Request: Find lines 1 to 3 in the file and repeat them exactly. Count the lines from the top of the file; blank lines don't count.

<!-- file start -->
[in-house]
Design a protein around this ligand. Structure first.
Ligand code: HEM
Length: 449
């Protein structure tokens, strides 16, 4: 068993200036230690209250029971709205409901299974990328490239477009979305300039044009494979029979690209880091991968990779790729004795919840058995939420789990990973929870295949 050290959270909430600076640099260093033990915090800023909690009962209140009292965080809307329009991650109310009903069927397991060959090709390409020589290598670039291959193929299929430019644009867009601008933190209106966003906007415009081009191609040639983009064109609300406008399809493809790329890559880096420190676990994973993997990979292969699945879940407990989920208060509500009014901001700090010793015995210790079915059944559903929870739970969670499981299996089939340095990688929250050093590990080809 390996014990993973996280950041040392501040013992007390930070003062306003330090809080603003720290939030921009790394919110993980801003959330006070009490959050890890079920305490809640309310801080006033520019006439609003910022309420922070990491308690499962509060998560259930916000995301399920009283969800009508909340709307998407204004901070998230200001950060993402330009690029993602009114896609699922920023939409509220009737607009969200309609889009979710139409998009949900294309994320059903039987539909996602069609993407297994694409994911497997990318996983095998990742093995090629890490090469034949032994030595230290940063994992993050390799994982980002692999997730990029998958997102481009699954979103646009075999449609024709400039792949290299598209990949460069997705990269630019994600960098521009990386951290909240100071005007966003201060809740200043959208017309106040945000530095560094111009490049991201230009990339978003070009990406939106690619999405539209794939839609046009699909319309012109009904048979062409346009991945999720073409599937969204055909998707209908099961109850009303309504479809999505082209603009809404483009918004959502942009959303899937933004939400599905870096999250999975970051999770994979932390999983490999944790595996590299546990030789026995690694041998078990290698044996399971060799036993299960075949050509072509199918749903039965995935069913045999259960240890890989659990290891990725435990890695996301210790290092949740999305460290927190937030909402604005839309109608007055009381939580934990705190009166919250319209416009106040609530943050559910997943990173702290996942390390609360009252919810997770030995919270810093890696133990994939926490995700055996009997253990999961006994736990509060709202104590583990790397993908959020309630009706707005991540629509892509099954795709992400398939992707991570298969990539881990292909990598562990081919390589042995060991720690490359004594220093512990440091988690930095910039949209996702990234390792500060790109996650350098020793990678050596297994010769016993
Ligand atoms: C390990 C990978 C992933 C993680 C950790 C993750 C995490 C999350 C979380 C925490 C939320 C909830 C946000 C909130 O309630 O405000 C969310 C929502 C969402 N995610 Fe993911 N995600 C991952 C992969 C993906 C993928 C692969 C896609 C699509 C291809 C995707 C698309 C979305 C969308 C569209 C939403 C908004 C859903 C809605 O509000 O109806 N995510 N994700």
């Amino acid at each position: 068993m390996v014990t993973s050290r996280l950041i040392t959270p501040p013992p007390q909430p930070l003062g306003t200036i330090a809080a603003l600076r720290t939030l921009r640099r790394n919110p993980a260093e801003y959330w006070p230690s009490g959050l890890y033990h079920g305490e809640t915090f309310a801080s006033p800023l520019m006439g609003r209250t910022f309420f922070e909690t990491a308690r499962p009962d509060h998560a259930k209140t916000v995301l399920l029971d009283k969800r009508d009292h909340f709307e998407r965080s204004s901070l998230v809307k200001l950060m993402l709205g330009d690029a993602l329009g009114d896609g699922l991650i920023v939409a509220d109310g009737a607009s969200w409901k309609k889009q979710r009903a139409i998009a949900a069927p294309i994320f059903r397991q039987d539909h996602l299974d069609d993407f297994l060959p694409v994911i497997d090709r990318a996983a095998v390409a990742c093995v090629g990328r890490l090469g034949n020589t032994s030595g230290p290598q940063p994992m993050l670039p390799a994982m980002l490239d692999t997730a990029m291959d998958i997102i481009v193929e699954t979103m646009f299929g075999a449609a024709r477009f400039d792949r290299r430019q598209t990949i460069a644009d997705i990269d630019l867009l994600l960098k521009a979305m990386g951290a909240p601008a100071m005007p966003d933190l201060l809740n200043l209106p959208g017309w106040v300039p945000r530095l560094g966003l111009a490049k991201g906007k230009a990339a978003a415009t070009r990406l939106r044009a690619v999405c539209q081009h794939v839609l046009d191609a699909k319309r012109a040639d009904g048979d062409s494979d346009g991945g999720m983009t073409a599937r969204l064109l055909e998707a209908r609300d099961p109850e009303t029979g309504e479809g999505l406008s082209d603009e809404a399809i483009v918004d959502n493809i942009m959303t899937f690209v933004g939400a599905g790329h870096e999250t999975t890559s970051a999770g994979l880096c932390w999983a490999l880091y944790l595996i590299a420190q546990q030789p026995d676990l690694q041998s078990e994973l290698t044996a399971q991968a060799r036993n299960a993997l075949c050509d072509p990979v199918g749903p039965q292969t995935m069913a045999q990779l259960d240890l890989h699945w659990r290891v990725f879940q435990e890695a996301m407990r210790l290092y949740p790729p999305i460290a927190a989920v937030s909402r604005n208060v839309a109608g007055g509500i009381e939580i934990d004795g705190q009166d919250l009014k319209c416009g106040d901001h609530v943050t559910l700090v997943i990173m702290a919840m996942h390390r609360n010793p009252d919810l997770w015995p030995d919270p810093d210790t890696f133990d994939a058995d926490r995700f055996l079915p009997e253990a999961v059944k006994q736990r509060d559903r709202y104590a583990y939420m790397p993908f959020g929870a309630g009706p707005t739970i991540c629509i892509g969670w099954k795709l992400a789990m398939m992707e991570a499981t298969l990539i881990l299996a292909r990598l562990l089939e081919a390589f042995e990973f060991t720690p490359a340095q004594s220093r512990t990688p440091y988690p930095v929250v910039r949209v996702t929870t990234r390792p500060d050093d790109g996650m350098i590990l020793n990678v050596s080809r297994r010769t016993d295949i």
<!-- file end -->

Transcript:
[in-house]
Design a protein around this ligand. Structure first.
Ligand code: HEM